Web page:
bayeux tapestry, bayeaux tapestry, hastings, 1066

The Bayeux Tapestry used to be displayed in Bayeux Cathedral. The Bayeux Tapestry is now displayed in the Musée de la Reine Mathilde. It is usually thought that Odo, Bishop of Bayeux was the Patron to the Bayeux Tapestry but the thesis here is that Queen Matilda of England was more likely to have chosen embroidery to display the stirring events leading to the battle of Hastings and the subsequent Coronation of William I as King of England on Christmas Day, 25th December 1066. The Bayeux Tapestry.

The Bayeux Tapestry begins with Harold, Earl of Wessex, and a companion, in an audience with King Edward the Confessor. They wanted to go to France for something to do with Aelfgyva, a mysterious figure in the Bayeux Tapestry. King Edward instructed Earl Harold, who's relatives, Wulfnoth and Hakon, had been held hostage in Normandy since 1051, to tell Duke William that Edgar the Aethling was his chosen heir to the throne of England.

The Bayeux Tapestry

The Bayeux Tapestry continues with Harold's ride to Bosham and bad navigation leading to a landfall in fog in the Somme estuary. Guy of Ponthieu captured Harold and took him to Beaurain castle. After an interval measured by the famous plough scene, Duke William effects Harold's release and shortly afterwards they go together on an expedition into Brittany. The Bayeux Tapestry shows Count Conan escaping from a siege tower and his defeat at both Dol and Dinan.

The Battle of Hastings in 1066

The Bayeux Tapestry shows nothing the exile of Earl Tostig, brother to Harold Godwinson. Tostig pillaged the Isle of Wight soon after the appearance of Halley's comet. The Bayeux Tapestry does not include the subsequent raiding by him and his alliance with King Harald Hardraada of Norway. Together , they sacked Scarborough, where the wind was blowing strongly from the north and keeping Duke William and the Normans weather bound at St Valéry. They defeated the northern Earls, Earl Edwin and Earl Morcar, at Gate Fulford. King Harold of England took a mounted force north at tremendous speed, through Tadcaster and York, and defeated the Norwegians at the Battle of Stamford Bridge on the river Derwent. While King Harold II of England was resting his troops in York, news arrived that Duke William of Normandy had landed at Pevensey, where he set up a pre-fabricated, wooden castle. The main Norman army then sailed for Hastings. The Bayeux Tapestry shows the men landing their horses and setting out foraging and looting.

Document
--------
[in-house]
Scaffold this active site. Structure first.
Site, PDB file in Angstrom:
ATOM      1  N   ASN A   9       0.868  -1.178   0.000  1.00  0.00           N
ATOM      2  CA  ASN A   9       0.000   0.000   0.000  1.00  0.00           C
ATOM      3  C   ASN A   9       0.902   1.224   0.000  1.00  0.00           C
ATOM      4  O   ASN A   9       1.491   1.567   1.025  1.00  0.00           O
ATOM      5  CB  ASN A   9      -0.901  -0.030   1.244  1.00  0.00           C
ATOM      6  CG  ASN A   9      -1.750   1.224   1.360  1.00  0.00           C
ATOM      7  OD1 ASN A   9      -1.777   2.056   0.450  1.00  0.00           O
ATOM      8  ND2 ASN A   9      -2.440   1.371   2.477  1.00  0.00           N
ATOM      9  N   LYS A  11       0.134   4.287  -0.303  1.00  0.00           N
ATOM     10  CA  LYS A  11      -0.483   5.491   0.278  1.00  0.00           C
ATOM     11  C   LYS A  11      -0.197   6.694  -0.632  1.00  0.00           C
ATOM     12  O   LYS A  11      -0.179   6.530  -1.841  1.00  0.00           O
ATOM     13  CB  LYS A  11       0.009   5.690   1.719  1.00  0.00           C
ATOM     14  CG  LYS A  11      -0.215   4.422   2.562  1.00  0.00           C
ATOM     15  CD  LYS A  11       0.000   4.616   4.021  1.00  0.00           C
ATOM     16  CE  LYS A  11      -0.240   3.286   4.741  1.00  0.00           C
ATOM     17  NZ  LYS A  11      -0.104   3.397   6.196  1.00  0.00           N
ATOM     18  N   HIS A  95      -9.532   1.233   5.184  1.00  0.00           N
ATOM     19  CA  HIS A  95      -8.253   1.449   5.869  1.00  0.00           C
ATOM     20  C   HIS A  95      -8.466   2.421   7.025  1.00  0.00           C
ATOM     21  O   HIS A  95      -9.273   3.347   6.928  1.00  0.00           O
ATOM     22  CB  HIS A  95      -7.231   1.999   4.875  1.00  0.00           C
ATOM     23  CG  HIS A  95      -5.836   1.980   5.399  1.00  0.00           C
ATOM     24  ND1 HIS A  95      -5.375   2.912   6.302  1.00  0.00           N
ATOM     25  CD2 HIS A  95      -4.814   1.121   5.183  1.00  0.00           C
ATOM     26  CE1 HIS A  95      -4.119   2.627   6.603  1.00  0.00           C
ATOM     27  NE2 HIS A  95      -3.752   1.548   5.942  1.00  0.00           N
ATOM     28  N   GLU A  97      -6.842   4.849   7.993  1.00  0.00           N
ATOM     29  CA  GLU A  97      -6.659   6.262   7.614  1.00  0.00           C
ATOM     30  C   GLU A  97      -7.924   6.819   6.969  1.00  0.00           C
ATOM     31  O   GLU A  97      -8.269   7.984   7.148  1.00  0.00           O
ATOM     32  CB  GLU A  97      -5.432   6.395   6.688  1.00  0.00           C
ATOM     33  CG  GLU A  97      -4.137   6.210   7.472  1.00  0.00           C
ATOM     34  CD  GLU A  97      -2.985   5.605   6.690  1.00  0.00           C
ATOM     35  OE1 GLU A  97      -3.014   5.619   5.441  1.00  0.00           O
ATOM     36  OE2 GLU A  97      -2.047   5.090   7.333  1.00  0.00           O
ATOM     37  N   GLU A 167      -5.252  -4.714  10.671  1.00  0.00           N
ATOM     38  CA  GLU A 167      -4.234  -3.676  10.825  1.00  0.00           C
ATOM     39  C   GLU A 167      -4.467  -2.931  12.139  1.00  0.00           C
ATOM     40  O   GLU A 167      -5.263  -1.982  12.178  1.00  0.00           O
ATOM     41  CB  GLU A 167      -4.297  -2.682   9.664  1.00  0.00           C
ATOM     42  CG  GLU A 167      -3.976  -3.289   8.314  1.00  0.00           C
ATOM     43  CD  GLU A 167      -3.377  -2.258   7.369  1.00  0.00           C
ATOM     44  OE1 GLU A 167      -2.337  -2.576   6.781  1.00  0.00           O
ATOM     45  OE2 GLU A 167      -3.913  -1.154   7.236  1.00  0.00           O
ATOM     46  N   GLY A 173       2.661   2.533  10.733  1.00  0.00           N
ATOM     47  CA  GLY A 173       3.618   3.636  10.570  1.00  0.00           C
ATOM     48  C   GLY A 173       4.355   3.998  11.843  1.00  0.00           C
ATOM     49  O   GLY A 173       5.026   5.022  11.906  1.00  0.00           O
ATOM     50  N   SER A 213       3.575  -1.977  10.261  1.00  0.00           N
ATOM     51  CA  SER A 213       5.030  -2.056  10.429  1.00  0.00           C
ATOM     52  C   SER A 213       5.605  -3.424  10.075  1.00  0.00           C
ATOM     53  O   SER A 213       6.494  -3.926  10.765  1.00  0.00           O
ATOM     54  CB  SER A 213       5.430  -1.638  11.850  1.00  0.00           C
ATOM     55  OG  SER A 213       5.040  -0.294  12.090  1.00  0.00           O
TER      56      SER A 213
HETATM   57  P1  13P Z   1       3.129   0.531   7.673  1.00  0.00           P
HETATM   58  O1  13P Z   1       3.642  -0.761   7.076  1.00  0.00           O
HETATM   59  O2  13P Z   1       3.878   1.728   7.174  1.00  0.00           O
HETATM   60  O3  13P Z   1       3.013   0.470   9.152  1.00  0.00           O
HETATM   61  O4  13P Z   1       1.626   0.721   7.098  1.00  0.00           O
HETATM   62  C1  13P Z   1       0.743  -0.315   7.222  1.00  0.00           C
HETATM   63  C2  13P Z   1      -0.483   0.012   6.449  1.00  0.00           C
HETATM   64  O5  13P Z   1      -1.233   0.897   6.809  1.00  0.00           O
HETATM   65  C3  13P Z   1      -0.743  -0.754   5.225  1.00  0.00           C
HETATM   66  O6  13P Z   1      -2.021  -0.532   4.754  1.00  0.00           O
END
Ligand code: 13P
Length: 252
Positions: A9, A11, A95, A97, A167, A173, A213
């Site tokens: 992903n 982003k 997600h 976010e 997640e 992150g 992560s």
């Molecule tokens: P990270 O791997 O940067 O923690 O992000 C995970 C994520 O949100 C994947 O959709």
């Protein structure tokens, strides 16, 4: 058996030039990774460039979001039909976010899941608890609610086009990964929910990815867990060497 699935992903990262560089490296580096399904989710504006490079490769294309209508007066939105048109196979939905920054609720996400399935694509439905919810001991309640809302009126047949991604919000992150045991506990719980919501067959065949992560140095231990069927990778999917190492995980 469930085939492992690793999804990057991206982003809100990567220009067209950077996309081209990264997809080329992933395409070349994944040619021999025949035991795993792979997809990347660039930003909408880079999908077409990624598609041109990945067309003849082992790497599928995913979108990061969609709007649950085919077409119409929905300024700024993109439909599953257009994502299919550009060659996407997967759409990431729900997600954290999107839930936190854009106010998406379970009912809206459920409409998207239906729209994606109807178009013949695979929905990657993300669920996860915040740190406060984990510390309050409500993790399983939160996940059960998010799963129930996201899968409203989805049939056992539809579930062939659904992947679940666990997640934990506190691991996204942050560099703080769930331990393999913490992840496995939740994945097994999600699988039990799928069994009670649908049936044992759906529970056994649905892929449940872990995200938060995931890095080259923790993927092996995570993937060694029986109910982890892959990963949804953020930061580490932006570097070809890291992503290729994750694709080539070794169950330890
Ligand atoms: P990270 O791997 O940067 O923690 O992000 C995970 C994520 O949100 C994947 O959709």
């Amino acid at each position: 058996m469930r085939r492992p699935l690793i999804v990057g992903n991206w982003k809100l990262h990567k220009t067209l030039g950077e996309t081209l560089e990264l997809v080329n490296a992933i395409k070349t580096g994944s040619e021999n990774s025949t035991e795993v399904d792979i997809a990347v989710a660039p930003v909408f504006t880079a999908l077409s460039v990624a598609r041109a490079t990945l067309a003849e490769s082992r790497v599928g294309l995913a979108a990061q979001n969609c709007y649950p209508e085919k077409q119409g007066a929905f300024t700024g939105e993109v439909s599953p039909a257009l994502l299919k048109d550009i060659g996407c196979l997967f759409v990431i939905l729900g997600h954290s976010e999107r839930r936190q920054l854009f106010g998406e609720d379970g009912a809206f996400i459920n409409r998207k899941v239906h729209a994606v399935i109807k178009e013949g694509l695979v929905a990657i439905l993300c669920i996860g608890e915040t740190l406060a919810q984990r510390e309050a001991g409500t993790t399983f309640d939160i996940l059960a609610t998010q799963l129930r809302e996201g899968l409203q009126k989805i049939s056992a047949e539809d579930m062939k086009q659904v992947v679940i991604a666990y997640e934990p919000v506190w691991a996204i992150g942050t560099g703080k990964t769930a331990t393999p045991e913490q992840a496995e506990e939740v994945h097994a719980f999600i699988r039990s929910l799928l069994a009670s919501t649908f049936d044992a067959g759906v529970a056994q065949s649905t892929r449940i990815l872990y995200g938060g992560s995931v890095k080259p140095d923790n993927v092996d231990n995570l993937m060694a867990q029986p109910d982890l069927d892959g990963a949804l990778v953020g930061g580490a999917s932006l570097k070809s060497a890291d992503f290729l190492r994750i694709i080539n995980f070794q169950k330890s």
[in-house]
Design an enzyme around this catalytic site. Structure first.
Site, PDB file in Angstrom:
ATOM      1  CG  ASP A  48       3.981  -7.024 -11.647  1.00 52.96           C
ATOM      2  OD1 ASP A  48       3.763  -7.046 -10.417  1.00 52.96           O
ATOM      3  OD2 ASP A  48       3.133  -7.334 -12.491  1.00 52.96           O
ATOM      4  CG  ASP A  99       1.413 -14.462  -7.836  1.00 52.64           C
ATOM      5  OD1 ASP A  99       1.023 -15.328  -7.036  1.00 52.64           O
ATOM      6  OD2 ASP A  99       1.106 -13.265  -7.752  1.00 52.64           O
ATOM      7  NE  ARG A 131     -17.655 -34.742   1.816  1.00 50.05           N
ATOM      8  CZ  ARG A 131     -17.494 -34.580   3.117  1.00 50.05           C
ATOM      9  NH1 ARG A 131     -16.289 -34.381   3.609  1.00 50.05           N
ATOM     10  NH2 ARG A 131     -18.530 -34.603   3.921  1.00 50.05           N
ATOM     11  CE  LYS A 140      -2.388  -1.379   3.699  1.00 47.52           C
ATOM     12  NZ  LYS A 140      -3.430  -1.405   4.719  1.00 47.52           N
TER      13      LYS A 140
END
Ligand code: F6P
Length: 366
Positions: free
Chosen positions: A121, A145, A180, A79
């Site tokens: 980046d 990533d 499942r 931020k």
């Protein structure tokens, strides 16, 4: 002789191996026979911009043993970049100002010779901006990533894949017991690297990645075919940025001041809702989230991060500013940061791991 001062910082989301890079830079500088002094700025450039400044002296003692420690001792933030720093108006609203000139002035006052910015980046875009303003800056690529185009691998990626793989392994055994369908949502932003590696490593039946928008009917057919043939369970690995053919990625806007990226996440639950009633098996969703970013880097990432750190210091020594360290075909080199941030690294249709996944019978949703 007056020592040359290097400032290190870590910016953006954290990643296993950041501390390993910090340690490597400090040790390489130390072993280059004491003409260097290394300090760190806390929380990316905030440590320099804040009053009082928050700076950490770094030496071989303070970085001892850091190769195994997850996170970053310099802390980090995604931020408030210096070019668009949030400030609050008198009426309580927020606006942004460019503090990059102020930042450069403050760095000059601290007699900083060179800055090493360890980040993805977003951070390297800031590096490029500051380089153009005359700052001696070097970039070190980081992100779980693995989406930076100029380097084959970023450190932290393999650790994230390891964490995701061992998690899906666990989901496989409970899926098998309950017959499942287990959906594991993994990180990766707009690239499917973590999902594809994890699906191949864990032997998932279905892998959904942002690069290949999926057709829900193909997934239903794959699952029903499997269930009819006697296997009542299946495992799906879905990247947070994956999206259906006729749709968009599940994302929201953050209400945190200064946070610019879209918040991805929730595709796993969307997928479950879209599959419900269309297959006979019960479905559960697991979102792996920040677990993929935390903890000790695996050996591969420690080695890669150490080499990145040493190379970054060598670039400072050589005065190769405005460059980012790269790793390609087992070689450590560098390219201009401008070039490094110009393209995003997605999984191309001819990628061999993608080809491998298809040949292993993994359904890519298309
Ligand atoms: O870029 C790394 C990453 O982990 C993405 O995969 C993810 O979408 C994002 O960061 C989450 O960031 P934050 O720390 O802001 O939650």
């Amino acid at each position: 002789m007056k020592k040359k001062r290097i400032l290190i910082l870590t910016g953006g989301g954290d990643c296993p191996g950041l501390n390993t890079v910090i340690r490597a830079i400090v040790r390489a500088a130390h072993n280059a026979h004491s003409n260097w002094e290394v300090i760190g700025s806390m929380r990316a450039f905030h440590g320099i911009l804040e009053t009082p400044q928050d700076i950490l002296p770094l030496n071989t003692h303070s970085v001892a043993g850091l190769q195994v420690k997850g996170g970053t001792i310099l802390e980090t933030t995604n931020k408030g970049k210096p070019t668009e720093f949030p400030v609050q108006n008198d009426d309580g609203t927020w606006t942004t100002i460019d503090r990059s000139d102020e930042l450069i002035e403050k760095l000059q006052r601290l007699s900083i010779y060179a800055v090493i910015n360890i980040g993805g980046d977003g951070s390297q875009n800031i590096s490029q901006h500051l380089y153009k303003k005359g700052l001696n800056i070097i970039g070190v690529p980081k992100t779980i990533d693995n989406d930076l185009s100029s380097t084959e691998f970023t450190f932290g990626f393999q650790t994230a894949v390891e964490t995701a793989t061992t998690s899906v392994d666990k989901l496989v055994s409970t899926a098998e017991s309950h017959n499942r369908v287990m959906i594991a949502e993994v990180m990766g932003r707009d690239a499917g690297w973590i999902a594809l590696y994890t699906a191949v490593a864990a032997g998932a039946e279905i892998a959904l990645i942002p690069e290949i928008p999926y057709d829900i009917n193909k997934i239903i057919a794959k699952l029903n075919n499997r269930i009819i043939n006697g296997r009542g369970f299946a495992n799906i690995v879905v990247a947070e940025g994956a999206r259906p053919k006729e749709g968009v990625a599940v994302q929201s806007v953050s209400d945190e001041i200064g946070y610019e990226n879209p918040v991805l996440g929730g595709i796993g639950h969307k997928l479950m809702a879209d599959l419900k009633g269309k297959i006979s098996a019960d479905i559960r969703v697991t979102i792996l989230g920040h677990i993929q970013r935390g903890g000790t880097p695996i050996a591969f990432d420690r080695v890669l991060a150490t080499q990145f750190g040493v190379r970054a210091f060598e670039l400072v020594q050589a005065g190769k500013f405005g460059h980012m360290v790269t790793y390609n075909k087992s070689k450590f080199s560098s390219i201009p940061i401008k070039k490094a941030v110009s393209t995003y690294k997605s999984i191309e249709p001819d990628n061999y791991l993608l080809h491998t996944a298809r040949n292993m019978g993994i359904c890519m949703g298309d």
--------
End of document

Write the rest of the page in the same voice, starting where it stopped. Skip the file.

Meanwhile, Edward the Confessor had died and was buried in the West Minster, that had been completed only a few days earlier. On the same day, Harold of Wessex was crowned King. When the William was told about Harold's coronation he began to assemble and build an invasion fleet at Dives-sur-mer. The fleet sailed to practice a landing in the Somme estuary. The Bayeux Tapestry, now shows the first steps of the Norman Conquest. Supplies are loaded into the ships which sail again for the old Roman fort of Anderida.

At Hastings, Duke William and his half-brothers, Robert and Odo, confer and a motte is raised with a wooden castle upon it. The Normans kidnapped Edith Swan Neck and her son, burnt their Manor and set out that day to fight the English who were, at the time, camped around the hoary apple tree, now roughly, Caldbeck windmill. King Harold joined his army very early next day and before he could get organised, the Normans were upon him. After a gallant fight, Harold was hit by an arrow in his eye and the Anglo-Scandinavians were routed.

The Tapestry ends at this point.

The Tapestry used to be displayed in Bayeaux Cathedral. The Bayeaux Tapestry is now displayed in the Musée de la Reine Mathilde.

A few years ago, there were some 140 books, written in English, about the Tapestry1. Since then, there must have been published many more and as the anniversary of 2066 approaches, many more may be expected. In these books (I have not read anything like all of them!) the consensus seems to be that Odo, bishop of Bayeux and half-brother to king William the Conqueror, was the patron of the Tapestry. Over the years, I have become less and less happy with this view and now think that even if queen Matilda were not the patron, she has a stronger claim to it than Odo. I also believe that Baudri, abbot of Bourgeuil, saw the Tapestry. He may not have seen it in the apartments of queen Matilda or in those of her daughter Adèla, countess of Blois but he probably did not see it in Bayeux either. He let his imagination run away with him but I think he does describe, as accurately as a poet may be expected to confine himself to reality in describing an imaginary artefact, what is now known as the Bayeux Tapestry.

I cannot say either that the Tapestry has ever belonged to Adèla or, if it did, where the Tapestry might have gone after Adèla's death in 1137 but it certainly turned up in Bayeux cathedral eventually and, perhaps, this is no more mysterious than that the wonderful facsimile made in Leek, Staffordshire, should now be in Reading, Berkshire.

© Michael Leete 2005

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The Bayeux Tapestry

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